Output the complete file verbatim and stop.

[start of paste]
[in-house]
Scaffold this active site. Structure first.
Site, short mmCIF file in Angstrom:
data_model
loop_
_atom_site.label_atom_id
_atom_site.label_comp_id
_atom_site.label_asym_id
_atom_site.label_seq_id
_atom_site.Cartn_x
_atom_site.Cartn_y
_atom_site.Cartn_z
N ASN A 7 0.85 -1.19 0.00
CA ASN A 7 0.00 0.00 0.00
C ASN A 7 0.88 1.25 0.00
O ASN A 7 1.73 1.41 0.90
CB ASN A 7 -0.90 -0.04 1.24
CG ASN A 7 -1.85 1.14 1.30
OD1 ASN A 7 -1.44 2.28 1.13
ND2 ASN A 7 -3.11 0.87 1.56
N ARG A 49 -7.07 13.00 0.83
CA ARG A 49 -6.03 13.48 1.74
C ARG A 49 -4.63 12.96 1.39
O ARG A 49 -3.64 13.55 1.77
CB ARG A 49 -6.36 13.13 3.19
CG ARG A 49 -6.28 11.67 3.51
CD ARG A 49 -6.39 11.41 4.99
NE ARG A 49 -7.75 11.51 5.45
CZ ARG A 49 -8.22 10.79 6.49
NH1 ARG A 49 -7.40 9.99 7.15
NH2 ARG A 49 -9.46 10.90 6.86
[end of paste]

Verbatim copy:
[in-house]
Scaffold this active site. Structure first.
Site, short mmCIF file in Angstrom:
data_model
loop_
_atom_site.label_atom_id
_atom_site.label_comp_id
_atom_site.label_asym_id
_atom_site.label_seq_id
_atom_site.Cartn_x
_atom_site.Cartn_y
_atom_site.Cartn_z
N ASN A 7 0.85 -1.19 0.00
CA ASN A 7 0.00 0.00 0.00
C ASN A 7 0.88 1.25 0.00
O ASN A 7 1.73 1.41 0.90
CB ASN A 7 -0.90 -0.04 1.24
CG ASN A 7 -1.85 1.14 1.30
OD1 ASN A 7 -1.44 2.28 1.13
ND2 ASN A 7 -3.11 0.87 1.56
N ARG A 49 -7.07 13.00 0.83
CA ARG A 49 -6.03 13.48 1.74
C ARG A 49 -4.63 12.96 1.39
O ARG A 49 -3.64 13.55 1.77
CB ARG A 49 -6.36 13.13 3.19
CG ARG A 49 -6.28 11.67 3.51
CD ARG A 49 -6.39 11.41 4.99
NE ARG A 49 -7.75 11.51 5.45
CZ ARG A 49 -8.22 10.79 6.49
NH1 ARG A 49 -7.40 9.99 7.15
NH2 ARG A 49 -9.46 10.90 6.86